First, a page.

The people of Crested Butte, Colorado, always had a bad feeling about Budweiser’s three-day takeover of their town, which through copious amounts of “Bud Light blue” paint would become “Whatever, USA.” The TV commercials were alarming, and then signs started promising “It’s about to get really weird!” but you have to assume morale improved a little once Jay Z stopped by, the beer flowed freely (even if it was only one kind), and no one got arrested. But that was before everybody tried to leave.
The Denver Post says attendees encountered “serious hindrances” when 1,100 of them, flying on several days of free beer, simultaneously went to catch chartered jets home. Travelers were delayed and stranded at the airport; the security lines grueling. The TSA says it got a call Sunday afternoon once it became clear private security “could not keep up with their screening requirements.”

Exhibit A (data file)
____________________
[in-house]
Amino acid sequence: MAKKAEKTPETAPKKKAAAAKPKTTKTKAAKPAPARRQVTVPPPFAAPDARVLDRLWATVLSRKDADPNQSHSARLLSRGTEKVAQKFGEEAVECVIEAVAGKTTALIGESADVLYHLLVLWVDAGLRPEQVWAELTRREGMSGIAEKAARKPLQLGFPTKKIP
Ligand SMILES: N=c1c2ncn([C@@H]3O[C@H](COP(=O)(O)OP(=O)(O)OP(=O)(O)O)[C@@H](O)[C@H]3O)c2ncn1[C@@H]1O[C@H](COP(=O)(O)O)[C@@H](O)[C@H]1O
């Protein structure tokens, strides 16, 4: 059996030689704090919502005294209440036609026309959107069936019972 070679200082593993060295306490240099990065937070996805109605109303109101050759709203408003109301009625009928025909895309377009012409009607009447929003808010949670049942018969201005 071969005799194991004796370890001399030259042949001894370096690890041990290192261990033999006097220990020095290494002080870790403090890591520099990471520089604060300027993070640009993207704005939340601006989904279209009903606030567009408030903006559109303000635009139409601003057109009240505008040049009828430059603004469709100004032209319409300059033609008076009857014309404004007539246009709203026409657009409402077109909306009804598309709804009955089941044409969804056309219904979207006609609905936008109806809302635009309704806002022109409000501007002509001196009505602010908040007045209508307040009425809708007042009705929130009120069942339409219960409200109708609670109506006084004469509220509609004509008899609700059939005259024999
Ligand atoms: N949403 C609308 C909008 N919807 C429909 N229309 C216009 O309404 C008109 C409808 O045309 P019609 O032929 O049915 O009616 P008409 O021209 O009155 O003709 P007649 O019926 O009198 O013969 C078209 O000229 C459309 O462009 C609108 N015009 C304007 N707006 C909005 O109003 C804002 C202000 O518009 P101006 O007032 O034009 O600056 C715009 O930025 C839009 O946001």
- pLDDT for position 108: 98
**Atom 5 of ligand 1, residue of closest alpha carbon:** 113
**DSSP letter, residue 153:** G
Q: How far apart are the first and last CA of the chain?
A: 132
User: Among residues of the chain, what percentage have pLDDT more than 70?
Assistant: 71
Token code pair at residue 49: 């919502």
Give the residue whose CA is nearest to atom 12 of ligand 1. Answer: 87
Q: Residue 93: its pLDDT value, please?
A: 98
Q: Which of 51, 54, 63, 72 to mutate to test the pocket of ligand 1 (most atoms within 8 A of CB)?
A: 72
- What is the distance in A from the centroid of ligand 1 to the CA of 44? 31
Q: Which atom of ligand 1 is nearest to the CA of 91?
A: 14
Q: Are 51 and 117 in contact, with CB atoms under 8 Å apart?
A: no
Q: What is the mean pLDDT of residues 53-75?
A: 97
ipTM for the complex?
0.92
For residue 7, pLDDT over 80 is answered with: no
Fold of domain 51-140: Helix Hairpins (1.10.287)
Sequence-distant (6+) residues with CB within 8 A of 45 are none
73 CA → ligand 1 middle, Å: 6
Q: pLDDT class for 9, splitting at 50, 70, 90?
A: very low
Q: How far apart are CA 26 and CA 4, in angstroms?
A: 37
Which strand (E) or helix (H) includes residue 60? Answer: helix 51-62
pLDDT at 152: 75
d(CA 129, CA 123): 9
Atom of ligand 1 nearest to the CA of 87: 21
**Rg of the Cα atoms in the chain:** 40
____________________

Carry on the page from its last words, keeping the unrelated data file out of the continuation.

Town authorities stress that except for this airport backlog, everything else went off without a hitch, although those clairvoyant locals dispute this, too, posting complaints to social media about wristband shortages so dire that there were calls to “revolt” by tearing down Bud Light fences. Authorities, meanwhile, made out like bandits financially, even if they’re left chafing at how Budweiser has basically looked at the logistics snafu and shrugged, “Whatever.”